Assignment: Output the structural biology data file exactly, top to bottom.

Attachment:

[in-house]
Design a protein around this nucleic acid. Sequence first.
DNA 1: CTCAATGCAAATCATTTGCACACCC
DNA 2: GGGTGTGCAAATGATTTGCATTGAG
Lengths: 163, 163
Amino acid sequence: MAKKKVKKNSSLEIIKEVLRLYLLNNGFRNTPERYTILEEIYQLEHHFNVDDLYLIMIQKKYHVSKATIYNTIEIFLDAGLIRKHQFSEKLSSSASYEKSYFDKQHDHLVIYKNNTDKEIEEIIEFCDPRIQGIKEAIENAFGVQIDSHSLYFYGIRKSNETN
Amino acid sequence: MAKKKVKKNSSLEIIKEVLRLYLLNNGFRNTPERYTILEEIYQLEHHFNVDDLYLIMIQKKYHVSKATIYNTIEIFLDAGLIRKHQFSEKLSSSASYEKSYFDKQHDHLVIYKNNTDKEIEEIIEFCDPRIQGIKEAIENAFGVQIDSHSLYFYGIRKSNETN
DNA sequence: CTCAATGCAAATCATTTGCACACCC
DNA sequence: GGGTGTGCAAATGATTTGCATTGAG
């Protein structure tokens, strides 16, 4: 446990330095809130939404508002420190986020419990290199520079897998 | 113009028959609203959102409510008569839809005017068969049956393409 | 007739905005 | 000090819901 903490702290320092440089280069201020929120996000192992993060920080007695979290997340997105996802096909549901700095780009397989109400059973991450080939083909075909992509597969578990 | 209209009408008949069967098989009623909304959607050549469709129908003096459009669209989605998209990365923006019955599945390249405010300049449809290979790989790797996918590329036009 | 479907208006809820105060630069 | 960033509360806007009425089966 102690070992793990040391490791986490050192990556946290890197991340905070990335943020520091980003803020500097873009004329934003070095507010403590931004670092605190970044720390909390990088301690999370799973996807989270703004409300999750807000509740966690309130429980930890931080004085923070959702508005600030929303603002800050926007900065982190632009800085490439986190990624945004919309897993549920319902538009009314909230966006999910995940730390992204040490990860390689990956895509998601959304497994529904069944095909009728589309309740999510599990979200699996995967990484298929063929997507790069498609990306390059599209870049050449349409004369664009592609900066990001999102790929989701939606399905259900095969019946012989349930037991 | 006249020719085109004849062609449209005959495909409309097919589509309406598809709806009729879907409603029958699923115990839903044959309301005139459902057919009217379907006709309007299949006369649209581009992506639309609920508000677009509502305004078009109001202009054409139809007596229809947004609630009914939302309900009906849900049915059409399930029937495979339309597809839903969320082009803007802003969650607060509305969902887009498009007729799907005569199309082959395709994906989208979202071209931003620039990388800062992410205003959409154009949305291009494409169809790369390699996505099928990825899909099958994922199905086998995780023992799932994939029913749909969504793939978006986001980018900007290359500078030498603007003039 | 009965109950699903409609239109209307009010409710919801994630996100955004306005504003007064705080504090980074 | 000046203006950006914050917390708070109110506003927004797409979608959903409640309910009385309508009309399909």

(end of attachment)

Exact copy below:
[in-house]
Design a protein around this nucleic acid. Sequence first.
DNA 1: CTCAATGCAAATCATTTGCACACCC
DNA 2: GGGTGTGCAAATGATTTGCATTGAG
Lengths: 163, 163
Amino acid sequence: MAKKKVKKNSSLEIIKEVLRLYLLNNGFRNTPERYTILEEIYQLEHHFNVDDLYLIMIQKKYHVSKATIYNTIEIFLDAGLIRKHQFSEKLSSSASYEKSYFDKQHDHLVIYKNNTDKEIEEIIEFCDPRIQGIKEAIENAFGVQIDSHSLYFYGIRKSNETN
Amino acid sequence: MAKKKVKKNSSLEIIKEVLRLYLLNNGFRNTPERYTILEEIYQLEHHFNVDDLYLIMIQKKYHVSKATIYNTIEIFLDAGLIRKHQFSEKLSSSASYEKSYFDKQHDHLVIYKNNTDKEIEEIIEFCDPRIQGIKEAIENAFGVQIDSHSLYFYGIRKSNETN
DNA sequence: CTCAATGCAAATCATTTGCACACCC
DNA sequence: GGGTGTGCAAATGATTTGCATTGAG
């Protein structure tokens, strides 16, 4: 446990330095809130939404508002420190986020419990290199520079897998 | 113009028959609203959102409510008569839809005017068969049956393409 | 007739905005 | 000090819901 903490702290320092440089280069201020929120996000192992993060920080007695979290997340997105996802096909549901700095780009397989109400059973991450080939083909075909992509597969578990 | 209209009408008949069967098989009623909304959607050549469709129908003096459009669209989605998209990365923006019955599945390249405010300049449809290979790989790797996918590329036009 | 479907208006809820105060630069 | 960033509360806007009425089966 102690070992793990040391490791986490050192990556946290890197991340905070990335943020520091980003803020500097873009004329934003070095507010403590931004670092605190970044720390909390990088301690999370799973996807989270703004409300999750807000509740966690309130429980930890931080004085923070959702508005600030929303603002800050926007900065982190632009800085490439986190990624945004919309897993549920319902538009009314909230966006999910995940730390992204040490990860390689990956895509998601959304497994529904069944095909009728589309309740999510599990979200699996995967990484298929063929997507790069498609990306390059599209870049050449349409004369664009592609900066990001999102790929989701939606399905259900095969019946012989349930037991 | 006249020719085109004849062609449209005959495909409309097919589509309406598809709806009729879907409603029958699923115990839903044959309301005139459902057919009217379907006709309007299949006369649209581009992506639309609920508000677009509502305004078009109001202009054409139809007596229809947004609630009914939302309900009906849900049915059409399930029937495979339309597809839903969320082009803007802003969650607060509305969902887009498009007729799907005569199309082959395709994906989208979202071209931003620039990388800062992410205003959409154009949305291009494409169809790369390699996505099928990825899909099958994922199905086998995780023992799932994939029913749909969504793939978006986001980018900007290359500078030498603007003039 | 009965109950699903409609239109209307009010409710919801994630996100955004306005504003007064705080504090980074 | 000046203006950006914050917390708070109110506003927004797409979608959903409640309910009385309508009309399909």